Biased and Unproven Assertions  May 17, 2000
The author attempts to check the "accuracy" of translation of the New International Version. However, he is not clear as to what his criteria of accuracy are. After a very hurried and yet opaque discussion of the two extremes of translation formal and dynamic equivalence Martin focuses upon the intent of the translators of the NIV itself. It soon becomes obvious though that Martin is himself a proponent of formal equivalence. He is very disparaging of dynamic equivalance as a concept and resorts at one point to calling it paraphrase. There is none of the excitement over translation that there is in, say, Phillips' "A Ring of Truth".

Martin would appear to be a cessationist from the references he cites, e.g. Warfield. His understanding of doctrine is at times bizare. For example, his version inspiration of closer to Islamic dictation of the Koran than to Godly inspiration.

The most disturbing sentence in the book, when talking of formal equivalence is "we do not, however, encounter passages which cannot be understood by the average literate adult Christian who is willing to make an effort to study them" (p20). Martin suggests that the average Christian has better reading ability than the average man. Given that 97% of (British) people are habitual non-readers this is a hard claim to swallow. He goes on from this statement to assert that the Bible should not be made easy to read; this despite the comment earlier in his tirade that Koine Greek was the common man's language. The conclusion of such an argument as his is, of course, that every Christian should be fluent in Koine Greek themselves and there by eliminate all necessity of translators.

Martin castigates the NIV translators for having their own "favoured interpretation" when deciding to add (or omit) words in the text. However, for this to stand we must be clear that Martin himself therefore also has a favoured translation but he is not couragous enough to tell us what that is! In his critisms of the removal of technical terms he makes the statement "familar (and more accurate)" but without justifying that assertion.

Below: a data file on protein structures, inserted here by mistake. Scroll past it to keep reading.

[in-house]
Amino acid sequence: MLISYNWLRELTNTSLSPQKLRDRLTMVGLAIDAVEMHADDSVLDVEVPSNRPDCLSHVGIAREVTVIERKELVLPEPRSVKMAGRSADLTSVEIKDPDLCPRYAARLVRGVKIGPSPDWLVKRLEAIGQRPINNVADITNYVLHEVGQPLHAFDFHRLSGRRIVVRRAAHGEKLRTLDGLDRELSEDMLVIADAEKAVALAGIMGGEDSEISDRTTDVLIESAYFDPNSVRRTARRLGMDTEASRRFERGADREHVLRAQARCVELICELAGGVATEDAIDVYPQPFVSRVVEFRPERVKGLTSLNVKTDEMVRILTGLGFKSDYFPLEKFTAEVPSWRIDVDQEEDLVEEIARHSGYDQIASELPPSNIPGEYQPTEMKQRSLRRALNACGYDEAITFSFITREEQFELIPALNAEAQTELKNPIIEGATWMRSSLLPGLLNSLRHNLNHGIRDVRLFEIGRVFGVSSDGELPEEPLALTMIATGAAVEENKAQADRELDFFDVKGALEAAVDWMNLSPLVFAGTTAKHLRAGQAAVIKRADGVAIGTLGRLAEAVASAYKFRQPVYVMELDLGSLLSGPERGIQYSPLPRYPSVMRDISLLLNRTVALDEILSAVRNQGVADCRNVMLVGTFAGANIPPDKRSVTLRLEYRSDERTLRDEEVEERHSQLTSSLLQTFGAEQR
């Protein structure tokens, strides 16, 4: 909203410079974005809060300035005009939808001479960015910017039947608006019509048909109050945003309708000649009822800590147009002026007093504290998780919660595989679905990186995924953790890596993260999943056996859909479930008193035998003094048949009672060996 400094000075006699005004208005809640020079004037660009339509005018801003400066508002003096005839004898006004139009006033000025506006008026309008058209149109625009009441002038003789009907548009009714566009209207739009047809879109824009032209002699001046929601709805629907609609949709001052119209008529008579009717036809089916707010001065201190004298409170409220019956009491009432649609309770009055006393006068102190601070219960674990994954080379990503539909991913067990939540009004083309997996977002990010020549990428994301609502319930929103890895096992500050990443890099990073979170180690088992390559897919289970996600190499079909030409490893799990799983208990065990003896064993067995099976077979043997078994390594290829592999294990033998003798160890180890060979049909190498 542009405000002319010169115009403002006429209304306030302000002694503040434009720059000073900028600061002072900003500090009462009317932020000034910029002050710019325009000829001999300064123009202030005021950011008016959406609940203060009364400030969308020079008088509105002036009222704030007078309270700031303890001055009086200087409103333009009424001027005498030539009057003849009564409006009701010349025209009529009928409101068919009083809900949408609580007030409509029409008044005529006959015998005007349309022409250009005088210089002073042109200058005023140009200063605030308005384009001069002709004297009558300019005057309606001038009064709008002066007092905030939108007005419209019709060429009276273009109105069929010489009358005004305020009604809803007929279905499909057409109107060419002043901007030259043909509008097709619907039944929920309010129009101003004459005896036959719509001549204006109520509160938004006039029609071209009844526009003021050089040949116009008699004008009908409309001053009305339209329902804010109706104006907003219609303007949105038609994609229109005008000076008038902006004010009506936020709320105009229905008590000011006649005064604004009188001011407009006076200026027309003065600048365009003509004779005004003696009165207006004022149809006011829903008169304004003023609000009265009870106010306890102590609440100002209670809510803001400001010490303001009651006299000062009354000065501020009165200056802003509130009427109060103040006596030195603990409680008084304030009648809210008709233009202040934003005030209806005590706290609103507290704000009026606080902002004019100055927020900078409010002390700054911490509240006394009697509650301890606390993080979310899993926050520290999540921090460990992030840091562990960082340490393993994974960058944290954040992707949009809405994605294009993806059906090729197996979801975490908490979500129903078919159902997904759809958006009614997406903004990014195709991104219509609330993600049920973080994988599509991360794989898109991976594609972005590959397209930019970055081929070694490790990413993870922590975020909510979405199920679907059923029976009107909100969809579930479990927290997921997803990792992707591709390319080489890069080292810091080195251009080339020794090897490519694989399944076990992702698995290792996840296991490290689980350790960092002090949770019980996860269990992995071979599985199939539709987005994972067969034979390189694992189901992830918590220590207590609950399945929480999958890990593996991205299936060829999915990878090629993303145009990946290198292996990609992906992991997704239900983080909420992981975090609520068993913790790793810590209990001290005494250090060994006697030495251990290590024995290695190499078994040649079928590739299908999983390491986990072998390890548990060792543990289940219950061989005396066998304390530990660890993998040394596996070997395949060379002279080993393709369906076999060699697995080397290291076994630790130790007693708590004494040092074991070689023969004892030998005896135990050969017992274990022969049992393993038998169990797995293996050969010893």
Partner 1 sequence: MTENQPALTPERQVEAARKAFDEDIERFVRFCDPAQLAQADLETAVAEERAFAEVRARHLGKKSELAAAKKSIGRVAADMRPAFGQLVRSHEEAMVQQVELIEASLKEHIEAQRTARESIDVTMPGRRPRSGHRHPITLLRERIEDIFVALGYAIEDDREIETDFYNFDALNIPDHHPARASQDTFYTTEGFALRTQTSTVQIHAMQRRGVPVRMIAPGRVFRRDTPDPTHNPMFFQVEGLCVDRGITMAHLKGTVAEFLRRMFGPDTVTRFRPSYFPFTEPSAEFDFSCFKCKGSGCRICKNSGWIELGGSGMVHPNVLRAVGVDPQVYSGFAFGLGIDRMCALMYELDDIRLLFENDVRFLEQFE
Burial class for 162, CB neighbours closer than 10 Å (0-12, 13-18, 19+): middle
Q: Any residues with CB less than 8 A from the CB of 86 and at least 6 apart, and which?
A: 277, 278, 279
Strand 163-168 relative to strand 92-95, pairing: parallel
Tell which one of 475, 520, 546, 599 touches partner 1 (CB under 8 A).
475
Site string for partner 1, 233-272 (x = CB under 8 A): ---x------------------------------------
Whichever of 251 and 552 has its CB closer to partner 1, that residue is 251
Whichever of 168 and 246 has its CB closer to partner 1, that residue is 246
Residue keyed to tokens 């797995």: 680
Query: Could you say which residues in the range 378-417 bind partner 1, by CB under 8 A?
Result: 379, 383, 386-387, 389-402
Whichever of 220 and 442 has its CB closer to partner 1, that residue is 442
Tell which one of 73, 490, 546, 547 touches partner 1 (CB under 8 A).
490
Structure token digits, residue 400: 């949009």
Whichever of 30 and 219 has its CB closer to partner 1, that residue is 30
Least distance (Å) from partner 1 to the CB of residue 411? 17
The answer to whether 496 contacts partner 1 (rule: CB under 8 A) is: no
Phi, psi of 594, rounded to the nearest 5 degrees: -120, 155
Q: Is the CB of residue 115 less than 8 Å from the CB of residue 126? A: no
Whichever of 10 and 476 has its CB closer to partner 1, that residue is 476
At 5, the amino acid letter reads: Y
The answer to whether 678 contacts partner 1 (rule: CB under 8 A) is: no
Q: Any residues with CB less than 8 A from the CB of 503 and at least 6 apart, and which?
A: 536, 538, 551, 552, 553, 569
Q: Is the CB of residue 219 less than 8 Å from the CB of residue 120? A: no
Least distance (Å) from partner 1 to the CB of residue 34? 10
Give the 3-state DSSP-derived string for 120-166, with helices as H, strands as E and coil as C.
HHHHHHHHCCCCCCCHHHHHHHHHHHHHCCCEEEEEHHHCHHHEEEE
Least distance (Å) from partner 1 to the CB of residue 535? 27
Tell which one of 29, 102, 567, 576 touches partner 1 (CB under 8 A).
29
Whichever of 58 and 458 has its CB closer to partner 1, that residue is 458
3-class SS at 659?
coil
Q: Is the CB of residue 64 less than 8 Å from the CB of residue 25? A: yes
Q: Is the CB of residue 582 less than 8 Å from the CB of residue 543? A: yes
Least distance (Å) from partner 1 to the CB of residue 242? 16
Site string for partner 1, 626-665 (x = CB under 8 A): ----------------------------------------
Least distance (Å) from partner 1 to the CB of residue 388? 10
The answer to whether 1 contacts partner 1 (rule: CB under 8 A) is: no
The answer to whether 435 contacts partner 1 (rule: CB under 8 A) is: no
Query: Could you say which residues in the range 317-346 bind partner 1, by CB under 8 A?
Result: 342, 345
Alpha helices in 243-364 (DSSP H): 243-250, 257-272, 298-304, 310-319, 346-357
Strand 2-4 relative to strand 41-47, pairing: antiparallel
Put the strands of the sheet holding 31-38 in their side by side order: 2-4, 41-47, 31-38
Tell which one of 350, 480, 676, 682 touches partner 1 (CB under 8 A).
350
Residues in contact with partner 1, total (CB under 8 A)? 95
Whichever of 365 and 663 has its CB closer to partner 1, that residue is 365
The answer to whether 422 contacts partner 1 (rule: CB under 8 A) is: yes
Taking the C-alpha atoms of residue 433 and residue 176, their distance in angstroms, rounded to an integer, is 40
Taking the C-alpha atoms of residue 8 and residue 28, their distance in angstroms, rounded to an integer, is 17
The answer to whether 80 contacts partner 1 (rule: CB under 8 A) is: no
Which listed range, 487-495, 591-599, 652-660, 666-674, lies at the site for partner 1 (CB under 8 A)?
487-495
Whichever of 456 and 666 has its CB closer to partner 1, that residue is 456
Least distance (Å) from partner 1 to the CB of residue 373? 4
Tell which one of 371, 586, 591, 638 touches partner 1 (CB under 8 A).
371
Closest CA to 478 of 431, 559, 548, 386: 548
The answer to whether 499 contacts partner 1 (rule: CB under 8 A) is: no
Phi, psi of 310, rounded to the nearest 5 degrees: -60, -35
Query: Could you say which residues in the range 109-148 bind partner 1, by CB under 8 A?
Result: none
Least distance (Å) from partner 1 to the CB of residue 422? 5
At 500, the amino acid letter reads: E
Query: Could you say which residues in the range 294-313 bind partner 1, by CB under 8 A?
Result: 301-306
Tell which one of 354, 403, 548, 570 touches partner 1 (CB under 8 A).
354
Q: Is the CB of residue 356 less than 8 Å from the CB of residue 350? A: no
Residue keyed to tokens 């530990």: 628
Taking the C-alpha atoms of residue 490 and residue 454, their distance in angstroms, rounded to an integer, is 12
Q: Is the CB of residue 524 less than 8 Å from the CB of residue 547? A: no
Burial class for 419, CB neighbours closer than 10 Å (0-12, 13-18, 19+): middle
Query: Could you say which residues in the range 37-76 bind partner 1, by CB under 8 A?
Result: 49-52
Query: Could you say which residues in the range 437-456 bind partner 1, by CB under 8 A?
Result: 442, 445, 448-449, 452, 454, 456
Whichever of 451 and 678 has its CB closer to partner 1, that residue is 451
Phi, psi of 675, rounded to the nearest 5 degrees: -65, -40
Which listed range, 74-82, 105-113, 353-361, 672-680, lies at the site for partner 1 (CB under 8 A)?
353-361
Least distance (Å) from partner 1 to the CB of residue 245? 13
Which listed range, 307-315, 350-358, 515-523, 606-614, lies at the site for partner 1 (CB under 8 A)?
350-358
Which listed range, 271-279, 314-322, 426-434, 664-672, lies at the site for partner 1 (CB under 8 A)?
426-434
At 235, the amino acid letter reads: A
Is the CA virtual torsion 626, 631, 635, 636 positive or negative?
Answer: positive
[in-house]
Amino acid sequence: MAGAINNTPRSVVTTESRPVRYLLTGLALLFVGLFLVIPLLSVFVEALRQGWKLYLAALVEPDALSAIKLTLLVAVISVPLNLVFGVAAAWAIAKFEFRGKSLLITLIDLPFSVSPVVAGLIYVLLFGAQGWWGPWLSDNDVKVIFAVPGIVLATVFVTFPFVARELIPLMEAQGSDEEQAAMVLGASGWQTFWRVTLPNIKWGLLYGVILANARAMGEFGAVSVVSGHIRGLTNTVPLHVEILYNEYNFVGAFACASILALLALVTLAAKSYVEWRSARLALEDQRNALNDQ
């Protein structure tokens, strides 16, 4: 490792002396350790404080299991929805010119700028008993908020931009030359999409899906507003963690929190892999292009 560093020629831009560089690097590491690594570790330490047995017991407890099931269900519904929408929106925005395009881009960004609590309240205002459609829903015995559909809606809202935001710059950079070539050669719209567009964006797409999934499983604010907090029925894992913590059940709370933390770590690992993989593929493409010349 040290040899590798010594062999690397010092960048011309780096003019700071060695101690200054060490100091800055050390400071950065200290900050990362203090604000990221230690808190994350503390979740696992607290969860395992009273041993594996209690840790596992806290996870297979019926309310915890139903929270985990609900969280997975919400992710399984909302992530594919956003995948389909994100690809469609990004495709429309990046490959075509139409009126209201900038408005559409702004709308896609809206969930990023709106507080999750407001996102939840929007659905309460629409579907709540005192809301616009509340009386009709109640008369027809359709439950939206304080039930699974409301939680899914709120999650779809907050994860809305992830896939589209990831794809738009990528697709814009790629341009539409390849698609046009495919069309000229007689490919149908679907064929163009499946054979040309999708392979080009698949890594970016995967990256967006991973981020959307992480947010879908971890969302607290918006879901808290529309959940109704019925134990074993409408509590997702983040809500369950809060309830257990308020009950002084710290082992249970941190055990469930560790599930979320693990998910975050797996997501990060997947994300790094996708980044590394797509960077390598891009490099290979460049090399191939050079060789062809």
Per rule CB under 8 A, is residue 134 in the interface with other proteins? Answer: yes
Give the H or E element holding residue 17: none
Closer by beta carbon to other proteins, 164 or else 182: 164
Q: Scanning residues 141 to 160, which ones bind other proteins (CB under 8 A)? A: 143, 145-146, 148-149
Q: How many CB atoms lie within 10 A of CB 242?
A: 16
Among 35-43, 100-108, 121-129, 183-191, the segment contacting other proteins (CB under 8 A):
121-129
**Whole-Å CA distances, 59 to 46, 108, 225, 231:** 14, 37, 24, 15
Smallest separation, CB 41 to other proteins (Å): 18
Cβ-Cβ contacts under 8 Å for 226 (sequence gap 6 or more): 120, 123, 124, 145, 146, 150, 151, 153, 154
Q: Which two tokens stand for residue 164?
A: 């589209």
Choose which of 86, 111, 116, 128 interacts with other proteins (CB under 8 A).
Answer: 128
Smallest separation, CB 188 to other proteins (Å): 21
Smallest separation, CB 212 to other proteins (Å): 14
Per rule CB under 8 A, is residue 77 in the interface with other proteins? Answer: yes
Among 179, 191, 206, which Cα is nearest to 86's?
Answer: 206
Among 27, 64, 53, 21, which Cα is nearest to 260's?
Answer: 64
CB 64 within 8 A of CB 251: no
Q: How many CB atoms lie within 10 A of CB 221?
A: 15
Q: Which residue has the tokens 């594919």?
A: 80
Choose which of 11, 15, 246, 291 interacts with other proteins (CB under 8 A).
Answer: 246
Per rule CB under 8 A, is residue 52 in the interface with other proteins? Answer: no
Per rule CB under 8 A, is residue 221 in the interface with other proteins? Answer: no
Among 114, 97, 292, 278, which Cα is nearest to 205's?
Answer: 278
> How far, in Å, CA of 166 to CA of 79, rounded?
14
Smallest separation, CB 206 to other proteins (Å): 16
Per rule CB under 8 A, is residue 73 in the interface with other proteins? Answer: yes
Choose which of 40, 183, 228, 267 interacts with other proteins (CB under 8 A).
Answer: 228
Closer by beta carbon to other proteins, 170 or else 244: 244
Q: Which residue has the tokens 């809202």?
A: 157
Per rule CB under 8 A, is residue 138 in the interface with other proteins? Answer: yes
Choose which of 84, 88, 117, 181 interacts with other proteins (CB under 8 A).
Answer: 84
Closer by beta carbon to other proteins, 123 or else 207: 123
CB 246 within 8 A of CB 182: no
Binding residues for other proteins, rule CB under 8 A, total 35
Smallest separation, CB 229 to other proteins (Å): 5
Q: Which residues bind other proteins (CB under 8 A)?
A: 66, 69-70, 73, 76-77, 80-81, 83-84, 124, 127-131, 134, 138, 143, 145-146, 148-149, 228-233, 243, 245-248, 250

At the start of the book Martin quotes J Gresham Machen by saying "the differences between the manuscripts is 'infinitesimal in comparison with what they have in common'" and yet he goes on to make point out the similar small differences in the NIV wording. A glance at an edition of the Greek New Testament (e.g. UBS4, NA27 or earlier) will show the minutia that both Martin and Machen ignore. Worse perhaps is that Martin implicitly argues for a KJVish dialect of English as the only correct wording. The is not quite a KJV-only tirade but that thought is close to the surface the entire time.

Martin says that the NIV translators indulge in unwarranted paraphrase but in most of the examples he cites (ad nauseum) what he calls "paraphrase" would more correctly be called modern English. He prefers stilted and arachaic English that is nothing better than transliteration of the Greek text into English words. Despite his suggestion that the removal of technical terms makes the resultant text hard to read it is actually this extereme literalism that makes the Bible text difficult to read. Martin's style of literalism only obfuscates the text rather than clarifies it. One random example is that he prefers the expression "did not know her" (in Matt 1:25) over the NIV translators choice of "had no (sexual) union with her". Such an expression as "knew in the Bible sense" can only be considered quaint by any modern reader.

Throughout Martin mentions linquistic principles. However, it is clear to even those with the minimum understaning of such principles that Martin is not one of them. He seems unaware of the work underlying either Mona Baker's on translation in general (In Other Words) or of the excellent summary from Cotterell and Turner of the application of linguistics to Bible interpretation (Linguistics and Bible Interpretation). Although both these books post-date Martin's by only a little while the material that they cover would have been available to Martin. Overall his tone is strident hardly an attribute of a man of God and not exhibiting "speech seasoned with salt".

Does he prove his point about the (in)accuracy of the NIV? No, I don't believe that he does. He does not make the case for formal equivalence over dynamic equivalence. I cannot recommend this text to a general audience. The appeal of the book will be limited to only two groups of readers: those who are already presuaded of the same position as Martin and those involved in translation work as a warning of the critisms that their work will be subjected to.